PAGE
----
Marchesi de’ Frescobaldi: A History of Innovation
With 700 years (that's 30 generations) of winemaking experience, and clients including King Henry VIII, the artist Donatello, and numerous popes, you'd think that the Frescobaldi family might be content with just passing the torch to a new generation. But with a tradition of historic primi, Marchesi de' Frescobaldi embraces their past and continues to place an emphasis on innovation and quality.
Back in 1716, the family's vineyards in Pomino were named as one of the four most respected wine areas in Tuscany in a proclamation by the Grand Duke of Tuscany. (Remember, the Bordeaux Grand Cru classification wasn't developed until 1855.)
The family also built the first cellar in Italy that used a gravity system in 1894. And the construction orders came at the insistence of the Signora Marchesa Leonia Frescobaldi—which was historic in its own way since women weren't traditionally involved in Old World wine production until the late 20th century.
Leonardo Frescobaldi, president of the company, explains the history, values, and mission of the Marchesi de' Frescobaldi, and the typicity and character of their wines, due to the unique terroir of the vineyards.
In 1855, the Marchese Vittorio degli Albizzi, ancestor of the Frescobaldi family, rocked the boat in Pomino by planting early-ripening grapes such as Chardonnay, Pinot Bianco Pinot Grigio, Pinot Noir, Cabernet Sauvignon, and Merlot. Albizzi had inherited the properties in Tuscany from the Florentine branch of the family, and upon visiting the region found the perfect conditions for grapes from his native Burgundy.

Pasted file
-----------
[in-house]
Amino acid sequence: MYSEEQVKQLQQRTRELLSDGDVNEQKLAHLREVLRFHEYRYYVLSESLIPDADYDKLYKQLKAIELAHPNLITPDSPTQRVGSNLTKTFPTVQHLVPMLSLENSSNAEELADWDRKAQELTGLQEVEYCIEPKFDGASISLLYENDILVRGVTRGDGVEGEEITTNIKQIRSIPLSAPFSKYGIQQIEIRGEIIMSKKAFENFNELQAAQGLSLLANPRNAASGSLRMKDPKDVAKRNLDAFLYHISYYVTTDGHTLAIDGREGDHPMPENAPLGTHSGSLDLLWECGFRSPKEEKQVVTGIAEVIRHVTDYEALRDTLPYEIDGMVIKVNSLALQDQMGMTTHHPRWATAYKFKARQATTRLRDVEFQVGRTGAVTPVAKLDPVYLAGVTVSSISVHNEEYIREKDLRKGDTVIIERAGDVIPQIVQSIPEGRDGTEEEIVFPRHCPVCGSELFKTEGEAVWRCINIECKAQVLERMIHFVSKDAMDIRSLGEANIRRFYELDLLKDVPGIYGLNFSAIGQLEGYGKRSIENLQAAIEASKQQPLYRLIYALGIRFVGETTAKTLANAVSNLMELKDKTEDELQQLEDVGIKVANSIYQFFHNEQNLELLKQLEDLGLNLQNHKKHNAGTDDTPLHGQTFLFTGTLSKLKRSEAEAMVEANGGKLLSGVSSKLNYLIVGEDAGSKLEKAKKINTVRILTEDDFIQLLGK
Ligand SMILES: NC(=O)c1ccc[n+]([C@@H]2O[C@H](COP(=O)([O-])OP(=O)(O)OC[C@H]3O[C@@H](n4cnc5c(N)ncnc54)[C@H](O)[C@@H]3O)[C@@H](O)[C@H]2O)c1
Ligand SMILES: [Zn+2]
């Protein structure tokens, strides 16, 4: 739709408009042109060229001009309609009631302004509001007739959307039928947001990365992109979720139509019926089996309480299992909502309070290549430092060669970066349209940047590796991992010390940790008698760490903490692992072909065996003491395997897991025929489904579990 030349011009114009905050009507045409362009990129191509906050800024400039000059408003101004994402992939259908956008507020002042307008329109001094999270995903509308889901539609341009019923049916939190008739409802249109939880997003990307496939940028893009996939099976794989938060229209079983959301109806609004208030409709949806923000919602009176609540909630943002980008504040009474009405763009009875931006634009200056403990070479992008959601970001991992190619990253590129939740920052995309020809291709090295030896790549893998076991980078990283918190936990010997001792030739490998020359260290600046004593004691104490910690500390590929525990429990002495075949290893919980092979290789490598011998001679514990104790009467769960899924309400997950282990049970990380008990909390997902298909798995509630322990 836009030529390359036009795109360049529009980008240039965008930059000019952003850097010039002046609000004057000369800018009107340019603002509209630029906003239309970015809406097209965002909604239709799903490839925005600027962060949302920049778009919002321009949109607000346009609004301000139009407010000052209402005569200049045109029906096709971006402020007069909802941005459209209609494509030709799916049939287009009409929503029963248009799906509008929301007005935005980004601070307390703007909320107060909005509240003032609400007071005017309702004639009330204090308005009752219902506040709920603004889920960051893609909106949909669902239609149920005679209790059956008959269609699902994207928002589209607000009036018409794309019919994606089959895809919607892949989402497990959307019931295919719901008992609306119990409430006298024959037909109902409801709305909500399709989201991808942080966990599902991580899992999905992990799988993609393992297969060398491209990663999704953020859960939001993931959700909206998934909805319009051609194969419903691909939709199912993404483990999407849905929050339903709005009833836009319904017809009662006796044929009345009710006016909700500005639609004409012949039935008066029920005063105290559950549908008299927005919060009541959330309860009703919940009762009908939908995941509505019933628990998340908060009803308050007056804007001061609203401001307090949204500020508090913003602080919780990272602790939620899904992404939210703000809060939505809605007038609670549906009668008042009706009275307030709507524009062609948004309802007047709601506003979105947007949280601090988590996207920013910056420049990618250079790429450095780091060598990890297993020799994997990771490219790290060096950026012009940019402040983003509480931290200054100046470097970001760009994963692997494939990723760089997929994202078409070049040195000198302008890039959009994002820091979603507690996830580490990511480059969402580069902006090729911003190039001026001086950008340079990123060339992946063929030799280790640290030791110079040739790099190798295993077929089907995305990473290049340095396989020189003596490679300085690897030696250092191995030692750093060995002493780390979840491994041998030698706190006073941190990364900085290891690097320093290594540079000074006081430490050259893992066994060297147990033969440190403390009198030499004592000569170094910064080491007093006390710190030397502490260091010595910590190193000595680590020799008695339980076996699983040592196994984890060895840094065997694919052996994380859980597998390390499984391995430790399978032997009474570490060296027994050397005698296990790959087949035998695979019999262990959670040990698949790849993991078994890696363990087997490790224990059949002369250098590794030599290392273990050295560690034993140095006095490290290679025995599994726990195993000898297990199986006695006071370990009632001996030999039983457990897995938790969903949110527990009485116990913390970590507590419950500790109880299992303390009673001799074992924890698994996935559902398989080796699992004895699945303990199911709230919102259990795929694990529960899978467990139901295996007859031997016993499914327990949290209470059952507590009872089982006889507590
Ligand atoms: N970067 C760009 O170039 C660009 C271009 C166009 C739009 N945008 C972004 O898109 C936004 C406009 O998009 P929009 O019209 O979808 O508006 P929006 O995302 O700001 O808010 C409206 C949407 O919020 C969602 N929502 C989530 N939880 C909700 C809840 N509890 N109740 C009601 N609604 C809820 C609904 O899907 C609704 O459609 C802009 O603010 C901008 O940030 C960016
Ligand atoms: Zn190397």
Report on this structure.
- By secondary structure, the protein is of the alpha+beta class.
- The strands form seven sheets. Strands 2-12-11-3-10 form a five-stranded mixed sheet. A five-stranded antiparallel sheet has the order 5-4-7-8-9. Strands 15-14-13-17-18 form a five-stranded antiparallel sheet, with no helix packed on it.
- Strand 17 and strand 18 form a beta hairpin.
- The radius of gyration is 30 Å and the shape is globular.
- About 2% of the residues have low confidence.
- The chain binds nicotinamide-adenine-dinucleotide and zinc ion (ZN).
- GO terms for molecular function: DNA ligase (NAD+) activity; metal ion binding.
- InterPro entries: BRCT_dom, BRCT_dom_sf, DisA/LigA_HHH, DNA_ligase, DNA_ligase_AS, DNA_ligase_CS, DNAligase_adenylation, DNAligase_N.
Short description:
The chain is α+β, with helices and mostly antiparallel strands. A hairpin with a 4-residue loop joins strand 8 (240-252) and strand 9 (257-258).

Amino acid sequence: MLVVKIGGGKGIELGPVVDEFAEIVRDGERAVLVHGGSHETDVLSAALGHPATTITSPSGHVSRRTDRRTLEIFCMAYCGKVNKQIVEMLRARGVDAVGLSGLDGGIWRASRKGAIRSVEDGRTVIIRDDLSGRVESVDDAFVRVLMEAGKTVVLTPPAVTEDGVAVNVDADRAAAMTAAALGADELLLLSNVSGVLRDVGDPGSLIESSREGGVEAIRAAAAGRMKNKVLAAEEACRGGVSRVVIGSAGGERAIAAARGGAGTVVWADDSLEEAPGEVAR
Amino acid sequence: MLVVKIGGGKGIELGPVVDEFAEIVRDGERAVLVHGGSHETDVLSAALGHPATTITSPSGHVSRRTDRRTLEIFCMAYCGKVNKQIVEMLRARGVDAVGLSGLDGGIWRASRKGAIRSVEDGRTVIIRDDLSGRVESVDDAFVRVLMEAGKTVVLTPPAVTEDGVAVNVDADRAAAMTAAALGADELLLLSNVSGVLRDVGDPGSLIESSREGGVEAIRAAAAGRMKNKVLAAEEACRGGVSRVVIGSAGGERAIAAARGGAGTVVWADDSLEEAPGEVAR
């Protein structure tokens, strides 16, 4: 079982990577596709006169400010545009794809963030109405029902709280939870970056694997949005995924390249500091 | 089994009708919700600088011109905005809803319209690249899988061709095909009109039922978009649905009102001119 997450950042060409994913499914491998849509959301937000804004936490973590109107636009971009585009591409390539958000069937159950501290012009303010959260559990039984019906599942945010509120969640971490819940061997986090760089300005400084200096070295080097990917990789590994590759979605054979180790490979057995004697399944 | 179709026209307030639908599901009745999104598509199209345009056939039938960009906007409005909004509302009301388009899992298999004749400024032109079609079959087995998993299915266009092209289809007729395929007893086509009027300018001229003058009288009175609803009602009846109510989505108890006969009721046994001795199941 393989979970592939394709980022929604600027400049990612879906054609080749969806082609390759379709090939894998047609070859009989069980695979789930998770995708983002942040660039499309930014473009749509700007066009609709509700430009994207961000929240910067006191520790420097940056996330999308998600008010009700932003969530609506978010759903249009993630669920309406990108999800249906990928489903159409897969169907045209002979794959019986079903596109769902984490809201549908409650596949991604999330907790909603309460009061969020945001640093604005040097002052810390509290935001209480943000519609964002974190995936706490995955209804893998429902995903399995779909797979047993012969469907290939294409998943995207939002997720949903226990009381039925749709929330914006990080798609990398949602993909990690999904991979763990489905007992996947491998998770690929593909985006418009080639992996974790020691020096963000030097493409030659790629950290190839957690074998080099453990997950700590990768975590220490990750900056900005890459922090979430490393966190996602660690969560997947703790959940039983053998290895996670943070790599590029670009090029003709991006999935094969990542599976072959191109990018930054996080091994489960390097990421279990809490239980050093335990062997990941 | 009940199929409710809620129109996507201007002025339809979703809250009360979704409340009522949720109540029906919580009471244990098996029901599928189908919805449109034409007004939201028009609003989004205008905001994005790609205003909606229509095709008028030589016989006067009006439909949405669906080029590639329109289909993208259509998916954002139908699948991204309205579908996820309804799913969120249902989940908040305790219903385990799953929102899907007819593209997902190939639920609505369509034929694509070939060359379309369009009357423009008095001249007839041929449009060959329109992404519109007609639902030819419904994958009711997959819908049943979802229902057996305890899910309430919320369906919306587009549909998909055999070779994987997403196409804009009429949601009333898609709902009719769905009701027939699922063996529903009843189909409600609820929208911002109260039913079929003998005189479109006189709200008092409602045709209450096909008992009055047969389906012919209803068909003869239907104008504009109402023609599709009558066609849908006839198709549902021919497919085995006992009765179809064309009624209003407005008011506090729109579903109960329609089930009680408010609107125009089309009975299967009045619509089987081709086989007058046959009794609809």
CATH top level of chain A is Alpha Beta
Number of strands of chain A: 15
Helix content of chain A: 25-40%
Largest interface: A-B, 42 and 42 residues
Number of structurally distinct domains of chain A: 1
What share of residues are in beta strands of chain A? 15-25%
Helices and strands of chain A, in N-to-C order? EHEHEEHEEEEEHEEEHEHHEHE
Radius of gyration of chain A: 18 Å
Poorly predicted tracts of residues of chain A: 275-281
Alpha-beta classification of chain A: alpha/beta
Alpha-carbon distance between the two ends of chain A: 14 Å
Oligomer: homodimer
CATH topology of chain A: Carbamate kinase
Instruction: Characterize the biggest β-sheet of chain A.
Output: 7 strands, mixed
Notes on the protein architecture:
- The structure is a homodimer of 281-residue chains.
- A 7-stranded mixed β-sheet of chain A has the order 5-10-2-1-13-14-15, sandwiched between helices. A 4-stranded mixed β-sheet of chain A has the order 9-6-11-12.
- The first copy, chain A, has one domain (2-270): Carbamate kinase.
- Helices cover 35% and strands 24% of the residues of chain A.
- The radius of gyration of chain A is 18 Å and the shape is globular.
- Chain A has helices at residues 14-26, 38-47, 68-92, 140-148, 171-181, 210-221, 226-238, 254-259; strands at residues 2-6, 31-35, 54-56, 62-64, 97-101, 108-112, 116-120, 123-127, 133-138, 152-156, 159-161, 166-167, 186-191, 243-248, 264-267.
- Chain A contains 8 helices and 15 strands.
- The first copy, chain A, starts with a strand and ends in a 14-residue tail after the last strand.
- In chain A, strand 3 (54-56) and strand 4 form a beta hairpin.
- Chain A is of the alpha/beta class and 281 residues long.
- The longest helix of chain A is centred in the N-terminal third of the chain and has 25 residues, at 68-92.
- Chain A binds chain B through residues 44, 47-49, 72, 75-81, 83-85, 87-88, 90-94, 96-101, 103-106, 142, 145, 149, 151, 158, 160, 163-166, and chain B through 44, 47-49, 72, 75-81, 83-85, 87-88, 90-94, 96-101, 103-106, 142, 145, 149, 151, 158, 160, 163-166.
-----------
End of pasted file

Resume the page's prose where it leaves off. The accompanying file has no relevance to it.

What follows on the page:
Lamberto Frescobaldi, current Vice President and Director of Production, explains that although much further south than Burgundy, the altitude of Pomino provides such a cool climate that hardly anyone has an air conditioner in the region. (Pomino comes from the Latin word for apple, pomo, only grown in cool climates.) And of his ancestor, Senore Frescobaldi told us, "He was not happy with the local variety of grape. It was not a question of tradition but of making good wine."
Also in 1855, degli Albizzi planted Cabernet Sauvignon, Merlot, Cabernet Franc, and Petit Verdot in Nipozzano, whose diverse soils are ideally suited for these grapes. The Mormoreto IGT is the finest expression of this estate, which has been producing what we now call Super Tuscan wine more than 100 years before the term was coined in the 1970s. The 2007 vintage is considered to be the greatest wine of the estate.